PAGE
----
While you could create custom lock-screen messages with a bit of work at the command line in previous OS X releases, setting it in System Preferences is a lot easier. Simply open the Security & Privacy pane to the General tab, check the box marked "Show a message when the screen is locked," and type in your message.
System Preferences customization
Let's face it -- there are some preferences most of us use just once when setting up a new Mac and never again. Happily, you can now customize the display of the System Preferences window to include only specific panes and/or arrange panes to suit your tastes from the View menu in the menu bar. This can help make frequently used preferences easy to find while keeping the ones you never use hidden.
Most of the recent news about speech technology has centered on the Siri virtual assistant feature of the iPhone 4S. But Lion also has a couple of speech-related tricks to share.
First up is the availability of additional voices. Like Snow Leopard, Lion includes six voices (three male and three female) in its text-to-speech arsenal, but there are many additional English and foreign-language voices that you can download free of charge. Some are venerable selections that have been included on Macs for nearly twenty years, while others are brand-new.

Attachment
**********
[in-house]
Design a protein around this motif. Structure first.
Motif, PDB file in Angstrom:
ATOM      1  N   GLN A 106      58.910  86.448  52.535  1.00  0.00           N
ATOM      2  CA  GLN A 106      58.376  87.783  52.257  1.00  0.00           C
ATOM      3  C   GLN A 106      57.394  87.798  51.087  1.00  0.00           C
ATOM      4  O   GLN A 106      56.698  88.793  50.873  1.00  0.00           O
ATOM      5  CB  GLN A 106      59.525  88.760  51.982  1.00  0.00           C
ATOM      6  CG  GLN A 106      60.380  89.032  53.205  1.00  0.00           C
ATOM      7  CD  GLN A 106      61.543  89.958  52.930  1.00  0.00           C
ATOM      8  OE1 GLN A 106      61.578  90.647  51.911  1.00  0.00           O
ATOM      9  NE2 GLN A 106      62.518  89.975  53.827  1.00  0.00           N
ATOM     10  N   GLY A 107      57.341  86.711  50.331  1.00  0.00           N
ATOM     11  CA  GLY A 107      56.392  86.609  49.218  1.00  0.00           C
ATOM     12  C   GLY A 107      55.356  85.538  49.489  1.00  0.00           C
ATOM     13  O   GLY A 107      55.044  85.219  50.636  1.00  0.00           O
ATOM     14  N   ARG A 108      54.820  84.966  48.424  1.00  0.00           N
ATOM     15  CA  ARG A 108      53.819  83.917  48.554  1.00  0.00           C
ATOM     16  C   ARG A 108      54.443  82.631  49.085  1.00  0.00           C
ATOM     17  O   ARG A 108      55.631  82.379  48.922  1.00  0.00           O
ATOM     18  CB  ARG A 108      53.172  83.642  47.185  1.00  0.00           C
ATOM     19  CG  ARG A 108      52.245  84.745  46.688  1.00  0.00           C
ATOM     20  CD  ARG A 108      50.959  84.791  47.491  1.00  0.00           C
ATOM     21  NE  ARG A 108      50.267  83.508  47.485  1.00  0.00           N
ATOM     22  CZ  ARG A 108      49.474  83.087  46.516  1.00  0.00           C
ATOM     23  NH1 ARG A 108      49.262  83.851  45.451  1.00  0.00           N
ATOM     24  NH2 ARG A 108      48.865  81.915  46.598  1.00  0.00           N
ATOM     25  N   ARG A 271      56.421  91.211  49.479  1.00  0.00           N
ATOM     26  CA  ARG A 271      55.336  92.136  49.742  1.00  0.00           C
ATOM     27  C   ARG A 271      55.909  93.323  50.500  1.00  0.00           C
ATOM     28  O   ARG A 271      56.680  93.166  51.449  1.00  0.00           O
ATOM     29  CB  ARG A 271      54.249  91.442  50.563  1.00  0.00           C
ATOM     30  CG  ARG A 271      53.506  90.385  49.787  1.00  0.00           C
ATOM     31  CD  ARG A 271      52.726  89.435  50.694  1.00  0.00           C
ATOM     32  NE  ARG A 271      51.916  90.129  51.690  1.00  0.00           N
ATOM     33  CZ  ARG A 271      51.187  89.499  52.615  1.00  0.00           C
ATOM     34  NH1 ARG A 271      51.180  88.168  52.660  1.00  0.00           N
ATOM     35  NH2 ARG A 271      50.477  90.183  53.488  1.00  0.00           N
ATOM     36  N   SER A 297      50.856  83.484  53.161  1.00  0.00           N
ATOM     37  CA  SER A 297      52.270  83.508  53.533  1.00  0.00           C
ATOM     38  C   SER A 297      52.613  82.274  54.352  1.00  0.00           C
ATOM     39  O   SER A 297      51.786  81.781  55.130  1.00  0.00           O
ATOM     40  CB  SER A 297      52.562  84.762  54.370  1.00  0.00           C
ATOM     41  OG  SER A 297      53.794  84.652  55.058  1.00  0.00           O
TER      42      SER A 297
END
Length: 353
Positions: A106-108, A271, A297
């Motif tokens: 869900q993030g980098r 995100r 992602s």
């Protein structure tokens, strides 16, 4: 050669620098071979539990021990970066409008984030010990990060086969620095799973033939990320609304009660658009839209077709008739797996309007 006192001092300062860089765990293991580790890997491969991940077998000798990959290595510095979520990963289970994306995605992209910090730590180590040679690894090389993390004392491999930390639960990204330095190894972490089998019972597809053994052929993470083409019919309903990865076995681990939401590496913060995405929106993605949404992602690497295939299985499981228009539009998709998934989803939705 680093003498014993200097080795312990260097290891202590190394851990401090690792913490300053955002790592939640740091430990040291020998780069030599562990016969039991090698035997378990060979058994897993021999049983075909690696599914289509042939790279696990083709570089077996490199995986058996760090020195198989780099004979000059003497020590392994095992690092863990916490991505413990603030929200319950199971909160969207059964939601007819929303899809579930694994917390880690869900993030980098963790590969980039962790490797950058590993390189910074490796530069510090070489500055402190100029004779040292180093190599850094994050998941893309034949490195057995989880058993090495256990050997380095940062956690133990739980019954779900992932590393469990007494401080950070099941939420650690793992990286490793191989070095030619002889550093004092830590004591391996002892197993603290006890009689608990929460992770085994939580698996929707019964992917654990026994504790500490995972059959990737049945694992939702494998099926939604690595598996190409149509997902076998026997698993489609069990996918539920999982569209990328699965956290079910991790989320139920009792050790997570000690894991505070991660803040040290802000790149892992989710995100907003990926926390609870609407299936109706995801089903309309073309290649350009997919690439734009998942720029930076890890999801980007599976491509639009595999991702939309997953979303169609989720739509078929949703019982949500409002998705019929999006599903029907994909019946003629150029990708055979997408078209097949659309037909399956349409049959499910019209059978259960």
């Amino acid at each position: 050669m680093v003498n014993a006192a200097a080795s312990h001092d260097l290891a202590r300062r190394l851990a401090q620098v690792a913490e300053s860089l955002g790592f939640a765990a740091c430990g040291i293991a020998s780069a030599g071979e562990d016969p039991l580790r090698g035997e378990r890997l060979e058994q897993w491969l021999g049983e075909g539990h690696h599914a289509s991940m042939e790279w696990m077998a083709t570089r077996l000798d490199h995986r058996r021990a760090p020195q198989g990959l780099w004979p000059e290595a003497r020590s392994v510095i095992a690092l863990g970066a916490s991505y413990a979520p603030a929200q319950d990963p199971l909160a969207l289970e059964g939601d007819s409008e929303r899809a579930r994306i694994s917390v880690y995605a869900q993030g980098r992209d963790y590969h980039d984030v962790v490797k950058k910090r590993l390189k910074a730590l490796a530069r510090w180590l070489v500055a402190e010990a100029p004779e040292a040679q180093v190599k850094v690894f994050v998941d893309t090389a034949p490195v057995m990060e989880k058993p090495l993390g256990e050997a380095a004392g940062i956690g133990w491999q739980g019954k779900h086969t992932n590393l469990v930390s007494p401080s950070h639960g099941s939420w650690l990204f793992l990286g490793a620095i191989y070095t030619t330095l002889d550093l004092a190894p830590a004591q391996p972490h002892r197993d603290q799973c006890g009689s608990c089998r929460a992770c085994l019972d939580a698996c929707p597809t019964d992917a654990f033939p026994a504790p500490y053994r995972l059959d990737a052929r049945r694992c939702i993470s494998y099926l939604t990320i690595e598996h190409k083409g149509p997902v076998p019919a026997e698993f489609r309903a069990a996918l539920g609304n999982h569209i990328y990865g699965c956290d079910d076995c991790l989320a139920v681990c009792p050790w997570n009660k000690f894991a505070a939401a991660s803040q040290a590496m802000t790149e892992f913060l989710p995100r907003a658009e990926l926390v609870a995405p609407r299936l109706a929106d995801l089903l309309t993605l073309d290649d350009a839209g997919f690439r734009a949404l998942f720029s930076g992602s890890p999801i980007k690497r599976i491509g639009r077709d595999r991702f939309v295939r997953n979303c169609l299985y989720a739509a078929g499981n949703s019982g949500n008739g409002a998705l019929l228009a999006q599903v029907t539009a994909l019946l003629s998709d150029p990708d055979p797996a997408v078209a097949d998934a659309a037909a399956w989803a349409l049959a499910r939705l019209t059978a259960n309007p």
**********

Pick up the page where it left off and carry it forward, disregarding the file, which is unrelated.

You can browse the entire list of more than seventy options by selecting Customize from the System Voice pop-up menu in the Text to Speech tab of the Speech pane in System Preferences.
Second is the ability to turn any text selection into an audio track available in iTunes -- simply select a passage of text in any application designed for use with Lion, right-click, and select Add to iTunes as Spoken Track. You can then work with the track as with any iTunes audio file -- burn it to a CD, sync it to an iPod/iPhone/iPad, or play it on an Apple TV.
Note: Even though these are spoken tracks, iTunes will display them as music tracks, not as audiobooks or podcasts. You can, however, use the Get Info command in iTunes to classify a track as an audiobook, podcast or voice memo if you wish.
Enhanced Spotlight menu
Like smart folders, the Spotlight search menu isn't a new feature in Lion, but it has gained a couple of new tricks.
First, you can now drag any document displayed as a search result directly from the Spotlight menu onto the icon of any app (in the Finder or on the Dock) to open it with that app.
The next addition is the ability to search the Mac OS X dictionary, Wikipedia or the Web (via Google) directly from the Spotlight menu. Dictionary results, if there are any matching your search, will immediately be displayed in the Spotlight menu along with other results such as files, folders and the contents of documents. The Web and Wikipedia search options always appear at the bottom of the menu; clicking them will open the results in your Mac's default Web browser.
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